Android 15 to Reportedly Better Protect 2FA Notifications for Data Safety

Android 15 is still under development, but on Friday, February 16, Google released the first Developer Preview of the upcoming operating system. The tech giant said that the new Android software will largely focus on security, and a new report claims to have found three new ways it will make your smartphone and your sensitive data more secure. According to it, Android 15 will be able to better protect the notifications that arise from two-factor authentications (2FA) so that a malicious app or malware cannot access it to steal user data.

According to a report by Android Authority’s Mishaal Rahman, Android 15 will be implementing new ways to cover the gaps left behind by its predecessors. Currently, most two-factor authentication methods for social media profiles, emails, and banking apps use SMS to send a one-time password (OTP). However, there is a risk if a malicious third-party app can read this notification and use it to hack into sensitive data or get into your banking apps and steal money.

To reduce the risk, Google has already begun placing strings of codes in the current edition of the OS. The report found a line of code in the Android 14 QPR3 Beta 1 update that mentions a new permission named RECEIVE_SENSITIVE_NOTIFICATIONS. This permission comes with a higher protection level and can only be given to apps that Google personally verifies. The exact role of this permission is not known but given its naming, it appears to deal with a special category of notifications that will not be accessible for third-party apps to read.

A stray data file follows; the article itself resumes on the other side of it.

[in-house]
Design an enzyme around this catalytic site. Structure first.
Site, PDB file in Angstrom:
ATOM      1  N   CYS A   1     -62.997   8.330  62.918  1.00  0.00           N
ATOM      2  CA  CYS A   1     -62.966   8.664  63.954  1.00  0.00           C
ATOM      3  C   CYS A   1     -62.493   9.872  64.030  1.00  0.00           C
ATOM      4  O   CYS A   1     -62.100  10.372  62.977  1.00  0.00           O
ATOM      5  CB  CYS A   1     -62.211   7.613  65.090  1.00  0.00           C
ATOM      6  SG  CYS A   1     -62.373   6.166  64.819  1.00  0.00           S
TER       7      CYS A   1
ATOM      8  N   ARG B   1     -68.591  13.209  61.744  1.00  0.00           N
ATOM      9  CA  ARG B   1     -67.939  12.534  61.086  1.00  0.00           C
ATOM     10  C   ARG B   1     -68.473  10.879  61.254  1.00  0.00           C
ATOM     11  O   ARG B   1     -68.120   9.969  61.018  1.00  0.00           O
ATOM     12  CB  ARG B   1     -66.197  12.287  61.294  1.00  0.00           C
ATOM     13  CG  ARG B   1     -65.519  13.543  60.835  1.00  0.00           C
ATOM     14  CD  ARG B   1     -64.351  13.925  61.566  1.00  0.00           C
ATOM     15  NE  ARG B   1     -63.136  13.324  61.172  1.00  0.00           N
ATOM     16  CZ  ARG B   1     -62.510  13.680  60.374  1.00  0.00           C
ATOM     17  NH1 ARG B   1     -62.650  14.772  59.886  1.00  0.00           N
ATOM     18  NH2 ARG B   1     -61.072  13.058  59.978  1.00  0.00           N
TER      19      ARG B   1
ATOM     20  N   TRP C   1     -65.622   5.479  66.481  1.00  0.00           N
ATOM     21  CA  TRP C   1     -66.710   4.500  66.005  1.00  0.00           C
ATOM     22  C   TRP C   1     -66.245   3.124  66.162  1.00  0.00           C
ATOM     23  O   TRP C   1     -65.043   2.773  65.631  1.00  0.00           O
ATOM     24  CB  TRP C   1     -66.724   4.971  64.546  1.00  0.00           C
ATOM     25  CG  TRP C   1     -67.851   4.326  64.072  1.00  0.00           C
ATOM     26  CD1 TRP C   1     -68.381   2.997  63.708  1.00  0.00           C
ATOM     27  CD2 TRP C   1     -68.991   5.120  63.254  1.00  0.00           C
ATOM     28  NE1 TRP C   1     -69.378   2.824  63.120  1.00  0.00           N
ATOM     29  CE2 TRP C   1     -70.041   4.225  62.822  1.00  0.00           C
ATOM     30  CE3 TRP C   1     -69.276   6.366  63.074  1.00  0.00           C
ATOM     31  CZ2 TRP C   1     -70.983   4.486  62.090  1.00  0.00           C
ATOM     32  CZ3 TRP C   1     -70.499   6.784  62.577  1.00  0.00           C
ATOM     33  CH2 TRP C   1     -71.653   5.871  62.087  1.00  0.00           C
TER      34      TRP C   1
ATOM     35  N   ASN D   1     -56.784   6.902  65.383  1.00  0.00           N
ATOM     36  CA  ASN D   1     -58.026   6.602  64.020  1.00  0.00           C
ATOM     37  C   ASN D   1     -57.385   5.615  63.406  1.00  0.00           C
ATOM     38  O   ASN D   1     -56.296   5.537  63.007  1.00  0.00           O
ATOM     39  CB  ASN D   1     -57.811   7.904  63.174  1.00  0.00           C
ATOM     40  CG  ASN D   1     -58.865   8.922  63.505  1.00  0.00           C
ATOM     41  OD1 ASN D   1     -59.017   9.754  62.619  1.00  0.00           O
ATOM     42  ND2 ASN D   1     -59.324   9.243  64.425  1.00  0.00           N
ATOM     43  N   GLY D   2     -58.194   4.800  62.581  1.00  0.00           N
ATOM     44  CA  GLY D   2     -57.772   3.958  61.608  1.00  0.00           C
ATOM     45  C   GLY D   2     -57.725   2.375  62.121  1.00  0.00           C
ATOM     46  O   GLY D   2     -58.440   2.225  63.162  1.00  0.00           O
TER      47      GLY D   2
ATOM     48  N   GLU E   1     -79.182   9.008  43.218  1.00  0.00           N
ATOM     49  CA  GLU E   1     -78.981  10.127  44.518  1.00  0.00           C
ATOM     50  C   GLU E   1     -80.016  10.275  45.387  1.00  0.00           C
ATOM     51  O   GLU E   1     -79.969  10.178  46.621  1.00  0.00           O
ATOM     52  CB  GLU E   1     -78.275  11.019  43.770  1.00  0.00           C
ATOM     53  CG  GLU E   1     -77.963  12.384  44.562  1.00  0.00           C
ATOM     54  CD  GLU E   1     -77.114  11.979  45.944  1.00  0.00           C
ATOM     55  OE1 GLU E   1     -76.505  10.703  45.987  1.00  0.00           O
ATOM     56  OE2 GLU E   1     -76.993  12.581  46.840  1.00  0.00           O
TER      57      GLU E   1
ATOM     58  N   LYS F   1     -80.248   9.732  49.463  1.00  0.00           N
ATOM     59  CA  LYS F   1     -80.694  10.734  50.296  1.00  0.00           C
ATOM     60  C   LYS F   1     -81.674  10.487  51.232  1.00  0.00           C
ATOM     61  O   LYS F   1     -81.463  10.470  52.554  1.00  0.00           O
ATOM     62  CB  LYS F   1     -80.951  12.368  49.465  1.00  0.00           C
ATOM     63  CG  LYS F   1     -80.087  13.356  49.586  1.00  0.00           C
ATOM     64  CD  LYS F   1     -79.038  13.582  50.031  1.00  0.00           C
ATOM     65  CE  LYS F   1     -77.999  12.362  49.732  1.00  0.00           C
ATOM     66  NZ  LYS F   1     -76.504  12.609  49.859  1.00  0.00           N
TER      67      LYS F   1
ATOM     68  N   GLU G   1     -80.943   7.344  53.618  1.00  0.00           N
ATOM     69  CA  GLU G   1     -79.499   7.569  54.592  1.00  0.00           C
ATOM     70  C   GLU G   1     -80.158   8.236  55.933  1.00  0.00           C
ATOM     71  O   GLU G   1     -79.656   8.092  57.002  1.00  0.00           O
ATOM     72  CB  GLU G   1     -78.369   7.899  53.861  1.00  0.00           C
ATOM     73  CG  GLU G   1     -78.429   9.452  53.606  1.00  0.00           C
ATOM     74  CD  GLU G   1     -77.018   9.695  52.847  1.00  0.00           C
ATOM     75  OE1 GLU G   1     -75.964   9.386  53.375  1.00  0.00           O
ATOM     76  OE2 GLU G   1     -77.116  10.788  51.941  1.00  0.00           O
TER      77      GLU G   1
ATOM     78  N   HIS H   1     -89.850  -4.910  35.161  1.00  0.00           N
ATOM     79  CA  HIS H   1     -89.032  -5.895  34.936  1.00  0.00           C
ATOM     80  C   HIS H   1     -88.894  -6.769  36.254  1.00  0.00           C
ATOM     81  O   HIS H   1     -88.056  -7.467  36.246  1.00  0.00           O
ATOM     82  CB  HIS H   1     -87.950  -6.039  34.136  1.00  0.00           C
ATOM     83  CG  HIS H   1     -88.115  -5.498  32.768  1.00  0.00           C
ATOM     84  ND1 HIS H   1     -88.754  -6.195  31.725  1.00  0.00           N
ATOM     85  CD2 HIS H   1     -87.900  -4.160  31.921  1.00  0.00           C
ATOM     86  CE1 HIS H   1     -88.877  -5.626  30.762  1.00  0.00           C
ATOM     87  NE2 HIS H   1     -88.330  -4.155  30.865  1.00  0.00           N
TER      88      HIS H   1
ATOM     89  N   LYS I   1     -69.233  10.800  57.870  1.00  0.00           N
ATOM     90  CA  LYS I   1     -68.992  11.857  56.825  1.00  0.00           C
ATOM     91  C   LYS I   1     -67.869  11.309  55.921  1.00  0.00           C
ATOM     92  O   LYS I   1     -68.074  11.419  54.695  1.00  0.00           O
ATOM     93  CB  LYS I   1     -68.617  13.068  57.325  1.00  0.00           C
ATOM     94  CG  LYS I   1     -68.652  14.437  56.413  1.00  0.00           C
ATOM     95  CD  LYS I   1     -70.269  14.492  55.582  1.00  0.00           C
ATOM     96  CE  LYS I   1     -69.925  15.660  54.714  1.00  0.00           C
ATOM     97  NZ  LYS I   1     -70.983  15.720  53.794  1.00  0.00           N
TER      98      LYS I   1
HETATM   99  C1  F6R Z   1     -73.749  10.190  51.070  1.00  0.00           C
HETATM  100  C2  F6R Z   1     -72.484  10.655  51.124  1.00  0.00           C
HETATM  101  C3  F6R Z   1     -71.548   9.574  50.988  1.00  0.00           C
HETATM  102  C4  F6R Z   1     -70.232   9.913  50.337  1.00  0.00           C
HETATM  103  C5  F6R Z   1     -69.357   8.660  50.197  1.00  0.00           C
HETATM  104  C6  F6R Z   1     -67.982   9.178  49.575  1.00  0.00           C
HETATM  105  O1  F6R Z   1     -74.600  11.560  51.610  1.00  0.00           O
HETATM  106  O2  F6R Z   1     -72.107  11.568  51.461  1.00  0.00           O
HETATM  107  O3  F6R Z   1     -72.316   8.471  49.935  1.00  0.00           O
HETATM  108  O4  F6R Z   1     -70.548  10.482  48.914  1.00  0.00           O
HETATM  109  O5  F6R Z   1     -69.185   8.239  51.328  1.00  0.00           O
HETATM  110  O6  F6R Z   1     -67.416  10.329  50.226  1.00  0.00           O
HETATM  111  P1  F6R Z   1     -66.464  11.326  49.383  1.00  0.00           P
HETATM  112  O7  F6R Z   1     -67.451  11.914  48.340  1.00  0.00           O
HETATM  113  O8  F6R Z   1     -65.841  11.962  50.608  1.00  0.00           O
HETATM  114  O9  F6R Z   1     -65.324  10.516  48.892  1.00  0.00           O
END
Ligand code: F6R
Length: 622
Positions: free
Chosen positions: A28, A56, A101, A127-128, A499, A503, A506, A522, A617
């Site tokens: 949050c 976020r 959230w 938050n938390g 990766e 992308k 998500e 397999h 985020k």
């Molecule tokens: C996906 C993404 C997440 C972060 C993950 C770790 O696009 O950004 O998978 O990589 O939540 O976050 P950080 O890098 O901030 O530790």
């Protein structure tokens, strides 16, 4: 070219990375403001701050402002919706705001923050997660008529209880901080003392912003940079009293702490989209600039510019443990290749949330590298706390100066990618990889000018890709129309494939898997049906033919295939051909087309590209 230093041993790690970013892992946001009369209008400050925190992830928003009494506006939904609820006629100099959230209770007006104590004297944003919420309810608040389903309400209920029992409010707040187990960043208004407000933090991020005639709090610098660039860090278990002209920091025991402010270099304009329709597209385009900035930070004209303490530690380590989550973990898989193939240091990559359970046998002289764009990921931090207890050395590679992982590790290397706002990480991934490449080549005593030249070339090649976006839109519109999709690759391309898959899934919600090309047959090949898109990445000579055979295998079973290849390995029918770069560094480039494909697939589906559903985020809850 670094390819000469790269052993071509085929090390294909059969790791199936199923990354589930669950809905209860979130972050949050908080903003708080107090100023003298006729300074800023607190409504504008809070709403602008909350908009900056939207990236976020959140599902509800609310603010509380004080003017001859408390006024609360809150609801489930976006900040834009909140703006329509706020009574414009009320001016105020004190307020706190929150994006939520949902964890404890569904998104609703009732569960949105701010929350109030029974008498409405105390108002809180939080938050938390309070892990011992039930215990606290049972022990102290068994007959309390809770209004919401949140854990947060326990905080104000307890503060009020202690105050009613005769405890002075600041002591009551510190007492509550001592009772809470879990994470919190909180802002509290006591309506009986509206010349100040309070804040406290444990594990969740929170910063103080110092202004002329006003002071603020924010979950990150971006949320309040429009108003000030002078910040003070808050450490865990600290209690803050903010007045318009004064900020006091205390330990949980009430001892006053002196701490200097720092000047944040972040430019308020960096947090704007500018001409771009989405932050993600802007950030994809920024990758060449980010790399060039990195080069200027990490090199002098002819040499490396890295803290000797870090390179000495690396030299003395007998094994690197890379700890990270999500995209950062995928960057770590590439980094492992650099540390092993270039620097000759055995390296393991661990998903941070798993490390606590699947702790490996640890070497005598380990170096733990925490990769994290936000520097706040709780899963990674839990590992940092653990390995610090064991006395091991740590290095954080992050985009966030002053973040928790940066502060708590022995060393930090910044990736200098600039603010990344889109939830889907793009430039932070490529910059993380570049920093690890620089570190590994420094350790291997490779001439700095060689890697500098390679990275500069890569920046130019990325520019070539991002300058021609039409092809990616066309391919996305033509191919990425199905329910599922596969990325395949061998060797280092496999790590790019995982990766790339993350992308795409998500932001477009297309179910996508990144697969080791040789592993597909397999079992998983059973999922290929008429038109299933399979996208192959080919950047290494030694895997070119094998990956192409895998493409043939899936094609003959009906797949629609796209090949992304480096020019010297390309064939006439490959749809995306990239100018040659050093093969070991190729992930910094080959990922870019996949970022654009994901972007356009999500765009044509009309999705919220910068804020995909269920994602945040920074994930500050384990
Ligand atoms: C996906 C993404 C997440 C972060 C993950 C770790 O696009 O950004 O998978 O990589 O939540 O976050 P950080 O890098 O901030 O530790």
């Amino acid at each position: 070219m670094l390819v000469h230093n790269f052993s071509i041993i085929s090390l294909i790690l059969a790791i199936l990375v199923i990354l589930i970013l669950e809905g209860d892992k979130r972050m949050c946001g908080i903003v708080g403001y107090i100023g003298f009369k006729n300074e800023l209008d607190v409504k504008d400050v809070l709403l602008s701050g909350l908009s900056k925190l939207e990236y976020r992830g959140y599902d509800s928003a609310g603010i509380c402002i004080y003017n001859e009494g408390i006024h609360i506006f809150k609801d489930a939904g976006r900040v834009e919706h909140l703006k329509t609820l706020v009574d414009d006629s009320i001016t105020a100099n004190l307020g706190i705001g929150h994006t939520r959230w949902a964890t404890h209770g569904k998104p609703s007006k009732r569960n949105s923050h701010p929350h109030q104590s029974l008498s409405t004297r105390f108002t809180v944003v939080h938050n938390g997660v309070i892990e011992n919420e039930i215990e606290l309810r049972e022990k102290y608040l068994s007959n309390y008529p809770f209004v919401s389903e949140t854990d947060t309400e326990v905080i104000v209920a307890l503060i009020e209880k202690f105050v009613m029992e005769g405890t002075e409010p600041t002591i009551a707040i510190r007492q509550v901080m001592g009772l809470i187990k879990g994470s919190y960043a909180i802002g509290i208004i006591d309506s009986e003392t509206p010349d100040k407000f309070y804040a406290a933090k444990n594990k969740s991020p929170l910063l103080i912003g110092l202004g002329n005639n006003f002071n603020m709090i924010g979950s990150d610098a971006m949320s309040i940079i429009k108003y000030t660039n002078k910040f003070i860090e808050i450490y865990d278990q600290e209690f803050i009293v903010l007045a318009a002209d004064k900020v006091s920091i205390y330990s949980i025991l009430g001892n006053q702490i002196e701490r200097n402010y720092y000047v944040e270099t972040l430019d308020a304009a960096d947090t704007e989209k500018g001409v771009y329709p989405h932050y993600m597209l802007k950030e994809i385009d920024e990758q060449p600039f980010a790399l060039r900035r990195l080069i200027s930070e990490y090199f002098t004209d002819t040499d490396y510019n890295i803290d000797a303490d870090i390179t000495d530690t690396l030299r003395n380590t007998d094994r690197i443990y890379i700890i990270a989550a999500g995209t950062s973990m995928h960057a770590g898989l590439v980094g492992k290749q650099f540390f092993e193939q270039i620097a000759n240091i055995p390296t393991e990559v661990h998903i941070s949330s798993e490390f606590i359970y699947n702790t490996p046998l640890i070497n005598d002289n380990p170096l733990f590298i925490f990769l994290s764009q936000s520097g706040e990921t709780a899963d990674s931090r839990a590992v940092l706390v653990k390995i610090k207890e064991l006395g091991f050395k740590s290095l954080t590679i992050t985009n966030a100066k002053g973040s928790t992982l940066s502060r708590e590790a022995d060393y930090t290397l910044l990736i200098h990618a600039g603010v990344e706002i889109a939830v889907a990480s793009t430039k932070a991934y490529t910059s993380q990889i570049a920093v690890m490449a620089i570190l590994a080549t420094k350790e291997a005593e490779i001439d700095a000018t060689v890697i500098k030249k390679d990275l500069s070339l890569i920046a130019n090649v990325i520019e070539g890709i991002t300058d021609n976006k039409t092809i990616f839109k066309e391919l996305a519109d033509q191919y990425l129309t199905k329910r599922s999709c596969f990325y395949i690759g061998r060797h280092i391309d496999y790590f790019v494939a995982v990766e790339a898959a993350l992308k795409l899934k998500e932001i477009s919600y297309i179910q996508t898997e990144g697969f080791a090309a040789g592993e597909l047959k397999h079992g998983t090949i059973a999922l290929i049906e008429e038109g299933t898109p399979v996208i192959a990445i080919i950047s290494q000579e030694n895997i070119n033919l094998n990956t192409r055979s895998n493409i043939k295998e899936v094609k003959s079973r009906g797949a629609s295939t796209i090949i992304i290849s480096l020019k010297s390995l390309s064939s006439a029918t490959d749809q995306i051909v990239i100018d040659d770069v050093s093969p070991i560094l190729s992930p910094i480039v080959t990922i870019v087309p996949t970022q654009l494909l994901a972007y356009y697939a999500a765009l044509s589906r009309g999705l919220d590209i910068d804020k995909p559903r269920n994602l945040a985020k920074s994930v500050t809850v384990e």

The report highlights that it is likely aimed at 2FA-related notifications. The belief comes from a separate string of code found by Rahman, which points to an under-development platform feature, to which the permission is tied. The feature is named NotificationListenerService and it is an API that lets apps read or take action on notifications. A general use case would be how many apps ask for access to notifications to auto-fill OTP when creating a new account. However, once this API becomes active (it isn’t in the Android 14 build), this will get more difficult.

This API will require the user to enter Settings and then manually grant permission to apps before they can be turned active, the report highlights. Such stringent measures are likely for two-factor authentication. However, even in the second case, it cannot be said for sure.

Rahman found a third hint that likely ties all the developments together. A new flag was seen in the codes labelled OTP_REDACTION. It redacts OTP notifications on the lock screen of the smartphone. Google currently does not use this flag, but the report suggests it can be made active with Android 15. All three separate developments point towards protecting OTP notifications from third-party apps, which makes it likely that the tech giant will use these to protect financial and other important apps that may contain sensitive information.

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